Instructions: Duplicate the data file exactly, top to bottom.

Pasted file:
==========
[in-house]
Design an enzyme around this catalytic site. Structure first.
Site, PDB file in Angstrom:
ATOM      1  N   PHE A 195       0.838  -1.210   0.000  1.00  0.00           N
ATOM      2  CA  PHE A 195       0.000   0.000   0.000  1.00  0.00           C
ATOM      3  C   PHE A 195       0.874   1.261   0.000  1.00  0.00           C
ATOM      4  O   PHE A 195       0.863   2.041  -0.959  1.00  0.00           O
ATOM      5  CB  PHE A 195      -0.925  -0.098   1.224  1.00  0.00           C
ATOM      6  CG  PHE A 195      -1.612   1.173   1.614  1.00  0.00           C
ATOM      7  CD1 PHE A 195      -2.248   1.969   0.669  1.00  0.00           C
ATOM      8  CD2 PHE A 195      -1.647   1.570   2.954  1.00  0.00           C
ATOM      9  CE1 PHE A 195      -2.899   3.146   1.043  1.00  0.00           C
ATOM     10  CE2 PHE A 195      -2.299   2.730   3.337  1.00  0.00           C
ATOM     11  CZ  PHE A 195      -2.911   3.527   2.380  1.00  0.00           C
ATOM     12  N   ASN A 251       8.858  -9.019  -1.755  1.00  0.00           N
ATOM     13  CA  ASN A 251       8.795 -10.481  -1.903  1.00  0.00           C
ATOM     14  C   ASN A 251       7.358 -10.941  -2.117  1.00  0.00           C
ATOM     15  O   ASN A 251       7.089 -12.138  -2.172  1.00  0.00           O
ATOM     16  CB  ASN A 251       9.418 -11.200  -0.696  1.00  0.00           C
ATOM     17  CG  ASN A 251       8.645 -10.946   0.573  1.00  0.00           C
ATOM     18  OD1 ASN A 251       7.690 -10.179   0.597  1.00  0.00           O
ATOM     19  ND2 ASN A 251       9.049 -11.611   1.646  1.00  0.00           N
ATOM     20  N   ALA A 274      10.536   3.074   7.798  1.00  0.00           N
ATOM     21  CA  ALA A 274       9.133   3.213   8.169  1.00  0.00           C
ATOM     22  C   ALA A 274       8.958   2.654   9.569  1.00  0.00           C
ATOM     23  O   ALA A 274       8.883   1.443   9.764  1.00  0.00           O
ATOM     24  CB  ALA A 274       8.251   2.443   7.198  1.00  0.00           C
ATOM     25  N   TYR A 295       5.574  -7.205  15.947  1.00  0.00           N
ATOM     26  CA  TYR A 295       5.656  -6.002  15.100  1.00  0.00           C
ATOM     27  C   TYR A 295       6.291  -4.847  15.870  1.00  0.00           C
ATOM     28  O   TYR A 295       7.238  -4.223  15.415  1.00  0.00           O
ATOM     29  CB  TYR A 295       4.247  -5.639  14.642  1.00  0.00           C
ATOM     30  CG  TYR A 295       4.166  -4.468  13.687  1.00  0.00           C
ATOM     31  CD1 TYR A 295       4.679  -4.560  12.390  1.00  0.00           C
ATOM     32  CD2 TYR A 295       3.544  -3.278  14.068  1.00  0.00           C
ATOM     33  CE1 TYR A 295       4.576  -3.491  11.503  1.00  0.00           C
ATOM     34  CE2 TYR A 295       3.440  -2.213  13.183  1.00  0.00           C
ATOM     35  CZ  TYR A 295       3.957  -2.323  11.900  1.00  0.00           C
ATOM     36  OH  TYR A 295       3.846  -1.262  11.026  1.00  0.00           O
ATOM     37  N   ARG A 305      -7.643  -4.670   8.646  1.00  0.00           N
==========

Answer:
[in-house]
Design an enzyme around this catalytic site. Structure first.
Site, PDB file in Angstrom:
ATOM      1  N   PHE A 195       0.838  -1.210   0.000  1.00  0.00           N
ATOM      2  CA  PHE A 195       0.000   0.000   0.000  1.00  0.00           C
ATOM      3  C   PHE A 195       0.874   1.261   0.000  1.00  0.00           C
ATOM      4  O   PHE A 195       0.863   2.041  -0.959  1.00  0.00           O
ATOM      5  CB  PHE A 195      -0.925  -0.098   1.224  1.00  0.00           C
ATOM      6  CG  PHE A 195      -1.612   1.173   1.614  1.00  0.00           C
ATOM      7  CD1 PHE A 195      -2.248   1.969   0.669  1.00  0.00           C
ATOM      8  CD2 PHE A 195      -1.647   1.570   2.954  1.00  0.00           C
ATOM      9  CE1 PHE A 195      -2.899   3.146   1.043  1.00  0.00           C
ATOM     10  CE2 PHE A 195      -2.299   2.730   3.337  1.00  0.00           C
ATOM     11  CZ  PHE A 195      -2.911   3.527   2.380  1.00  0.00           C
ATOM     12  N   ASN A 251       8.858  -9.019  -1.755  1.00  0.00           N
ATOM     13  CA  ASN A 251       8.795 -10.481  -1.903  1.00  0.00           C
ATOM     14  C   ASN A 251       7.358 -10.941  -2.117  1.00  0.00           C
ATOM     15  O   ASN A 251       7.089 -12.138  -2.172  1.00  0.00           O
ATOM     16  CB  ASN A 251       9.418 -11.200  -0.696  1.00  0.00           C
ATOM     17  CG  ASN A 251       8.645 -10.946   0.573  1.00  0.00           C
ATOM     18  OD1 ASN A 251       7.690 -10.179   0.597  1.00  0.00           O
ATOM     19  ND2 ASN A 251       9.049 -11.611   1.646  1.00  0.00           N
ATOM     20  N   ALA A 274      10.536   3.074   7.798  1.00  0.00           N
ATOM     21  CA  ALA A 274       9.133   3.213   8.169  1.00  0.00           C
ATOM     22  C   ALA A 274       8.958   2.654   9.569  1.00  0.00           C
ATOM     23  O   ALA A 274       8.883   1.443   9.764  1.00  0.00           O
ATOM     24  CB  ALA A 274       8.251   2.443   7.198  1.00  0.00           C
ATOM     25  N   TYR A 295       5.574  -7.205  15.947  1.00  0.00           N
ATOM     26  CA  TYR A 295       5.656  -6.002  15.100  1.00  0.00           C
ATOM     27  C   TYR A 295       6.291  -4.847  15.870  1.00  0.00           C
ATOM     28  O   TYR A 295       7.238  -4.223  15.415  1.00  0.00           O
ATOM     29  CB  TYR A 295       4.247  -5.639  14.642  1.00  0.00           C
ATOM     30  CG  TYR A 295       4.166  -4.468  13.687  1.00  0.00           C
ATOM     31  CD1 TYR A 295       4.679  -4.560  12.390  1.00  0.00           C
ATOM     32  CD2 TYR A 295       3.544  -3.278  14.068  1.00  0.00           C
ATOM     33  CE1 TYR A 295       4.576  -3.491  11.503  1.00  0.00           C
ATOM     34  CE2 TYR A 295       3.440  -2.213  13.183  1.00  0.00           C
ATOM     35  CZ  TYR A 295       3.957  -2.323  11.900  1.00  0.00           C
ATOM     36  OH  TYR A 295       3.846  -1.262  11.026  1.00  0.00           O
ATOM     37  N   ARG A 305      -7.643  -4.670   8.646  1.00  0.00           N